Fig.1 Pith necrosis Fig. 2 Leaf mold Fig. 3 Gray mold  Fig. 4 a, b. Late blight on leaf and on fruit

The operator needs to provide high tunnel ventilation as early and as late in the day as possible by raising and lowering the plastic sides. It is also necessary to provide adequate drainage around the base of the structure to make sure no water flows or seeps into the high tunnel. Wet soils promote the development of soilborne and other foliar diseases.

            3. Disease Resistant Varieties:  Always choose disease-resistant varieties whenever possible. Also select varieties that tolerate diseases especially in high-tunnel culture.

            4. Disease-free Seed and Transplants:  Make sure to start with disease-free seed or transplants. Seed can carry bacterial, fungal and viral pathogens, so seed needs to be purchased from reputable dealers, or should be treated by the grower before seeding. Be especially mindful of tomato and pepper seed that carry bacterial speck, spot and canker (Fig. 5). The same care should be exercised in the growing of healthy transplants. Bacteria can survive in the soil and on wooden surfaces that become contaminated.

            5. Crop Rotation:  If several high tunnel units are to be used, then rotation of crops between structures is possible. If soilborne pathogens reach an unacceptable level, it may be necessary to consider soil fumigants or even grafting plants onto resistant rootstock. Fusarium wilt (F. oxysporum f. sp. radicis-lycopersici) can be particularly devastating (Fig. 6). Grafting is commonly employed for solanaceous and cucurbitaceous crops in many areas where susceptible crops are grown in the same facility on an annual basis (see Fig. 12).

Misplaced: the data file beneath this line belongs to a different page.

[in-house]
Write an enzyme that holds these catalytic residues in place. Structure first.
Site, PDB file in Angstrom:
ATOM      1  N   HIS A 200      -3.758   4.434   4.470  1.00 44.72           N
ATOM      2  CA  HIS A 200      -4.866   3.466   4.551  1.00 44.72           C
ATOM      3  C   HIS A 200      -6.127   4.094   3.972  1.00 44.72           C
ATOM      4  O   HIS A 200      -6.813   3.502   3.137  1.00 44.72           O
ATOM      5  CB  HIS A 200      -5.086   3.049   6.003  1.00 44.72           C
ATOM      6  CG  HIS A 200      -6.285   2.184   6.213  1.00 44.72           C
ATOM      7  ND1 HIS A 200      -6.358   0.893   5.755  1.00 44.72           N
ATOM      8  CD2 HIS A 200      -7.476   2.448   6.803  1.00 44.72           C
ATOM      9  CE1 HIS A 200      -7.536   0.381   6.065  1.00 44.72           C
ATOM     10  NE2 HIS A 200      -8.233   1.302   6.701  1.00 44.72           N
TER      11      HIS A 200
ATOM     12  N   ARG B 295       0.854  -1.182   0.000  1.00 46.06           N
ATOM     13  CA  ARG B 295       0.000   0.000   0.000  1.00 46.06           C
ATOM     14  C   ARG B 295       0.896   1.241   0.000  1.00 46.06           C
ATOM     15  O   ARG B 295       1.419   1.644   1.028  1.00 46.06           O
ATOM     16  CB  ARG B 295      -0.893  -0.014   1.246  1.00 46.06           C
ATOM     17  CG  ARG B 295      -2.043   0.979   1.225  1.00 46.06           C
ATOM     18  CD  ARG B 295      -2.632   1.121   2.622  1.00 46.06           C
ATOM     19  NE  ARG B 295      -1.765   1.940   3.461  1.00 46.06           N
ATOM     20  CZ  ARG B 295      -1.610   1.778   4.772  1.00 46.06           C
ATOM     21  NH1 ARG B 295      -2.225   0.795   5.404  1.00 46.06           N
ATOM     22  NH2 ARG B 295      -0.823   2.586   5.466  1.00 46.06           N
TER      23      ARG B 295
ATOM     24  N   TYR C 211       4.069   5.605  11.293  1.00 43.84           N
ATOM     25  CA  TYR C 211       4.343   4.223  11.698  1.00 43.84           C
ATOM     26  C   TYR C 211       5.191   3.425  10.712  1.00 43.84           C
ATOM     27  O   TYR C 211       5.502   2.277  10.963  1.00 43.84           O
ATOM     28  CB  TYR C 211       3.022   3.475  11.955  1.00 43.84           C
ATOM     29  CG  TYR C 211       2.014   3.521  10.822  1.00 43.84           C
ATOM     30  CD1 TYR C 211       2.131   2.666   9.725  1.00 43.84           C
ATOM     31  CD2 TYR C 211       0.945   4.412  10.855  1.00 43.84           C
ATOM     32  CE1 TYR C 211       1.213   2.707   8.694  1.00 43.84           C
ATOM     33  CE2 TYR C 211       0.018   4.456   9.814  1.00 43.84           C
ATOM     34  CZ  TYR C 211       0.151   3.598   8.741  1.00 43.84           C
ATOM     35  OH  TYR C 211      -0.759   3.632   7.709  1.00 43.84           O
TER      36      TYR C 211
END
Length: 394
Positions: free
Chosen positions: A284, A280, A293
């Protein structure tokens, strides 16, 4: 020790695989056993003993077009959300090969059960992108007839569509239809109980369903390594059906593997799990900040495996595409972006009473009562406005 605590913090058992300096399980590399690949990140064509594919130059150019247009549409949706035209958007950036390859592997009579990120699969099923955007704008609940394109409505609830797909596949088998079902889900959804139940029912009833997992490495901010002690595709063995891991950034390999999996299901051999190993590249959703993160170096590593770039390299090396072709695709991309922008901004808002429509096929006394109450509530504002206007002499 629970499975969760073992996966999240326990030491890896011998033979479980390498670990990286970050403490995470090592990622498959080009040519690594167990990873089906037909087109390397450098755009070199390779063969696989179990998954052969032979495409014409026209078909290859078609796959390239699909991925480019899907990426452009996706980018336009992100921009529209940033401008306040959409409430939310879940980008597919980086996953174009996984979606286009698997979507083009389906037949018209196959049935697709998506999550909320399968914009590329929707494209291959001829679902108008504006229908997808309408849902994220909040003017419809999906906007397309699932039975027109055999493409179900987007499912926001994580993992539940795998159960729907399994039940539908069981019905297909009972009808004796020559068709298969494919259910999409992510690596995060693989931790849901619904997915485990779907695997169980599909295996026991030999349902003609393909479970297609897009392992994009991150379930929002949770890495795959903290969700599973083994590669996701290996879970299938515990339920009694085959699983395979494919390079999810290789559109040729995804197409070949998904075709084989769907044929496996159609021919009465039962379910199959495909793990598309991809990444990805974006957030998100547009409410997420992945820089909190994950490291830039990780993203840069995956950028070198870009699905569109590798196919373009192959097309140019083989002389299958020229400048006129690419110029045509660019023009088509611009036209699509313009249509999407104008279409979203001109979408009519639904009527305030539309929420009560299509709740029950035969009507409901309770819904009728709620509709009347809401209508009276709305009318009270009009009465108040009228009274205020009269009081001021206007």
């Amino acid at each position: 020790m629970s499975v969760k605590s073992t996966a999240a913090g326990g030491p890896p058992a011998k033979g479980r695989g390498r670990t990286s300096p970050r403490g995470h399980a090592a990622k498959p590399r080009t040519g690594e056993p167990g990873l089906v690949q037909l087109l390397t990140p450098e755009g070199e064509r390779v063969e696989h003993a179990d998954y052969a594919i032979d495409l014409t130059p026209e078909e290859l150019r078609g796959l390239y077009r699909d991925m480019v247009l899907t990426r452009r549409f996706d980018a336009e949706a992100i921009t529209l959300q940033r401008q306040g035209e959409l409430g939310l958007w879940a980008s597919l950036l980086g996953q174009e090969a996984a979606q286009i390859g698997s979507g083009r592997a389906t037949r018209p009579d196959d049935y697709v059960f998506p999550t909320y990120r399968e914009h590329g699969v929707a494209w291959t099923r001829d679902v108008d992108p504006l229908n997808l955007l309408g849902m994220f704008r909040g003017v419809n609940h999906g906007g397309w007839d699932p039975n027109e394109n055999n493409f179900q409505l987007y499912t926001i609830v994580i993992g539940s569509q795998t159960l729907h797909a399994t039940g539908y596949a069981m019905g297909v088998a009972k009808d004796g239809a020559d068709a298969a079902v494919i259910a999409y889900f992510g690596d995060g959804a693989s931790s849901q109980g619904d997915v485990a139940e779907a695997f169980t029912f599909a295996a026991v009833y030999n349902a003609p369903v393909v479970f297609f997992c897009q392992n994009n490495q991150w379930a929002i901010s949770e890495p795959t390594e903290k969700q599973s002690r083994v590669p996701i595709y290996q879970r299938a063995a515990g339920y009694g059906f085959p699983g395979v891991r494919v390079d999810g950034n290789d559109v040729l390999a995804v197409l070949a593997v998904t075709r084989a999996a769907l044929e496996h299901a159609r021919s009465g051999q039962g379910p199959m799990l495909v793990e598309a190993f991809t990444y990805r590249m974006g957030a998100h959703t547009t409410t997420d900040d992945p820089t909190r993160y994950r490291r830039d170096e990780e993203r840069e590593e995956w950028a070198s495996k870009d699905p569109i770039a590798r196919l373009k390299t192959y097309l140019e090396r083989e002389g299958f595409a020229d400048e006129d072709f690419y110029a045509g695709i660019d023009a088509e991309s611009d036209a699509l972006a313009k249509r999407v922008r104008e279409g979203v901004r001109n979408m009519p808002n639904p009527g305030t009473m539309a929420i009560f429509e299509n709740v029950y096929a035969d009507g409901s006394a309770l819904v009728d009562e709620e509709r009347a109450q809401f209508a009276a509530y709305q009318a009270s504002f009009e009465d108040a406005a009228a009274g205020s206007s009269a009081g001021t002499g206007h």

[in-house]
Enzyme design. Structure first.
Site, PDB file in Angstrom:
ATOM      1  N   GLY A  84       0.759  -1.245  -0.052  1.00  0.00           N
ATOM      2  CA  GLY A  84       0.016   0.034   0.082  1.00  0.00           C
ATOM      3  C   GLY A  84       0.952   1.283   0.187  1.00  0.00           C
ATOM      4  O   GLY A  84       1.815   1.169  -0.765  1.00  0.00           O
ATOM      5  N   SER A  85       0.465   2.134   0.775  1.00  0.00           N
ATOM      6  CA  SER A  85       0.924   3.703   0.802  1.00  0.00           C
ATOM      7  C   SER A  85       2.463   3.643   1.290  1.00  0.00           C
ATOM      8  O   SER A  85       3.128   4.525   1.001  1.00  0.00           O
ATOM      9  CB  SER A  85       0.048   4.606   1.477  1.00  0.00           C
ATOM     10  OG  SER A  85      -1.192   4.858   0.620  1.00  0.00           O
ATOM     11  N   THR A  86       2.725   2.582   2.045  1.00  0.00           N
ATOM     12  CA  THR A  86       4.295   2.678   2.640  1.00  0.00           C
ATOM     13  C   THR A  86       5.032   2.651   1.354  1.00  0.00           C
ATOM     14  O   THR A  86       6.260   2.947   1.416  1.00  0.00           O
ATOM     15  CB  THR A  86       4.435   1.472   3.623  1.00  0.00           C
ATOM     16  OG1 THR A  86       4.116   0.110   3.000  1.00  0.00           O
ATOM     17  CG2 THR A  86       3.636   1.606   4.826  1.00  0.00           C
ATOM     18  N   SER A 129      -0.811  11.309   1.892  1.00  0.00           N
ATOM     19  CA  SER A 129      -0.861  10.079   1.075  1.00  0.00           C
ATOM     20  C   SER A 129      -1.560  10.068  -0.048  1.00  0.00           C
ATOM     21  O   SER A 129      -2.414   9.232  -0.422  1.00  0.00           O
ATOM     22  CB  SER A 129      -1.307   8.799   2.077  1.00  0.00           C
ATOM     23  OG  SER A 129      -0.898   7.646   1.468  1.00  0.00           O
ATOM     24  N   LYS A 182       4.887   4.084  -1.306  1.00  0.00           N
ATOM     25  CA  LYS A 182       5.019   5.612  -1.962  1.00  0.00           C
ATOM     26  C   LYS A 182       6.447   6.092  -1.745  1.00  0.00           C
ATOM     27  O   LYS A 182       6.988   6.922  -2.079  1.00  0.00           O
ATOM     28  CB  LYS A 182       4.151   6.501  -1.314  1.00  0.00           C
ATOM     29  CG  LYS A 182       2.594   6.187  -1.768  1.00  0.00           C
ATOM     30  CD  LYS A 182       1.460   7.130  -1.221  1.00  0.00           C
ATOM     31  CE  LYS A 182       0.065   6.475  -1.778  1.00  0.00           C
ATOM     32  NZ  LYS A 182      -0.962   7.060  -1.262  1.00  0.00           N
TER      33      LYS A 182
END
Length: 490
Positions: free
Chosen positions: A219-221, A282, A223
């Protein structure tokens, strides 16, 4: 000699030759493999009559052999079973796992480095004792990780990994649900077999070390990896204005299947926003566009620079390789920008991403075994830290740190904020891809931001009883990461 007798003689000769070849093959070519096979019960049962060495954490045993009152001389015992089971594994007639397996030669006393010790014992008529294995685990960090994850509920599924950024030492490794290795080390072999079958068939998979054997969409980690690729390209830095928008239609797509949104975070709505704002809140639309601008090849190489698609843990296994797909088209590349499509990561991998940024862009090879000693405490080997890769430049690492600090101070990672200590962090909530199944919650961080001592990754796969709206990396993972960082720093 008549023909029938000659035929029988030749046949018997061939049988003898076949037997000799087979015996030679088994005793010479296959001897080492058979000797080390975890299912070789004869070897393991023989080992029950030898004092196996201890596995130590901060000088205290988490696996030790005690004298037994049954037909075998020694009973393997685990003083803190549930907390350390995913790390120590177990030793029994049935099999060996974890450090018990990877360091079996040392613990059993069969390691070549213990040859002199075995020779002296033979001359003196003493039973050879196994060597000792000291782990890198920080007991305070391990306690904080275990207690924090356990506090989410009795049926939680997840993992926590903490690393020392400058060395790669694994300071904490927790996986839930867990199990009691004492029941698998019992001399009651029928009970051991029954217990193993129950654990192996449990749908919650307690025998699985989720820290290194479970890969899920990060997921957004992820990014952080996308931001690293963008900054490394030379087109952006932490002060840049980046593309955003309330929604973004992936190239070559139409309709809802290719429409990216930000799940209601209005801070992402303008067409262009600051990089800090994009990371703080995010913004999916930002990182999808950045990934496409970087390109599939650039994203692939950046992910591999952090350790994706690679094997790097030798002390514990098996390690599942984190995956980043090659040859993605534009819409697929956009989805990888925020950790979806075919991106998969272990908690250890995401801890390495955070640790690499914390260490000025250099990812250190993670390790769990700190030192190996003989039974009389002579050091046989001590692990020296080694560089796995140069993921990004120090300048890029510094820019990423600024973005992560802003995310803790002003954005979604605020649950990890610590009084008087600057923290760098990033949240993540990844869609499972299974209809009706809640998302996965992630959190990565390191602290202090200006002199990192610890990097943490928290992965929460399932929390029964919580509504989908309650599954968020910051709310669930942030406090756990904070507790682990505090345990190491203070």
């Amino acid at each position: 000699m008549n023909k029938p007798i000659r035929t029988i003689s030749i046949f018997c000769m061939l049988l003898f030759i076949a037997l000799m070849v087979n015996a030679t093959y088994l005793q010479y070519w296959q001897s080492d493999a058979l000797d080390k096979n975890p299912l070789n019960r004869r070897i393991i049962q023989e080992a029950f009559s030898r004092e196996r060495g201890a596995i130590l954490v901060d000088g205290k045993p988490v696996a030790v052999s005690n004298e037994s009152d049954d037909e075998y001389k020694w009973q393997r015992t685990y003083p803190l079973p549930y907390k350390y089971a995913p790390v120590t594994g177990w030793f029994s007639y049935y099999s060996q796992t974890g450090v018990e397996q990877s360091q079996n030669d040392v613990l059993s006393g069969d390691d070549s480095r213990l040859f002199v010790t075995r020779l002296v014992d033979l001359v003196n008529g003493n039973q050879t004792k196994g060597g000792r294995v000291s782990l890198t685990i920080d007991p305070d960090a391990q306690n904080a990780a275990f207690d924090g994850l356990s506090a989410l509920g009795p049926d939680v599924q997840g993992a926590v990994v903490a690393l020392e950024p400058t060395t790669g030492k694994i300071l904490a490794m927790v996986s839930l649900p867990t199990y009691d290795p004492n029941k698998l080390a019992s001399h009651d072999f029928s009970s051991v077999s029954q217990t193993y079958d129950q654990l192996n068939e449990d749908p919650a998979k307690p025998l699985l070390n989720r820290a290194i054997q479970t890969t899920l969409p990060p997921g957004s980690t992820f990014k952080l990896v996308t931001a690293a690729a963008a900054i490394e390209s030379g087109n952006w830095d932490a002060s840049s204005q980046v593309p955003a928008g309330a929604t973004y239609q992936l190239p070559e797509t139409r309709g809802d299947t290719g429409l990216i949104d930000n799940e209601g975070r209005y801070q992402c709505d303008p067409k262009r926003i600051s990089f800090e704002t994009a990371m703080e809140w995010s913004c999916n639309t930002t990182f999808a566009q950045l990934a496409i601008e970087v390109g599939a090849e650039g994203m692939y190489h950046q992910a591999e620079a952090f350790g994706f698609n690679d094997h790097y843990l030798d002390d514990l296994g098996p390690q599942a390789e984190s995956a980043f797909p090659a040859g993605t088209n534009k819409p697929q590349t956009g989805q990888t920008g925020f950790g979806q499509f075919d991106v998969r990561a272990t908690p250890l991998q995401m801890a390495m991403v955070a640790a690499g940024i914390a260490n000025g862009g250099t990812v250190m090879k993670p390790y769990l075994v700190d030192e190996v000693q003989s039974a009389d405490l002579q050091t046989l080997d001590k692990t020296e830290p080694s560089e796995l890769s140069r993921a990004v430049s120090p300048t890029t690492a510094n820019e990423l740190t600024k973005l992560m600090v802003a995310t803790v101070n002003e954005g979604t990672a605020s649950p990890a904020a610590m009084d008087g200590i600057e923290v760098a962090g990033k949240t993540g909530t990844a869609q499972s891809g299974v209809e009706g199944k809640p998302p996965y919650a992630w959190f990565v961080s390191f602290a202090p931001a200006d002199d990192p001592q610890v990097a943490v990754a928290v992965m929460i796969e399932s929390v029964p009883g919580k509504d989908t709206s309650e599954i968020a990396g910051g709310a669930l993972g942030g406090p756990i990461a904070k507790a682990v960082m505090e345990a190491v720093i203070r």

6. Sanitation In and Around the Structure:  Remove and destroy any disease tissue as soon as it is found. Do not allow workers to move freely between high tunnels and field production areas with contaminated clothes and foot ware. When the crop is finished, remove and destroy all plant material including the roots. Do not allow any volunteer plants to become established in the structure at any time. Volunteer weeds can be a source of insects like aphids and thrips that can also serve as vectors of virus diseases. Maintain a crop and weed-free area around all permanent structures to reduce the movement of insects and pathogens into the sheltered area (Fig. 7). Insects such as the tarnish plant bug are attracted to tomato when alfalfa is harvested or weeds are mowed, and their injury allows entry of Alternaria alternata into wounds (Fig. 8).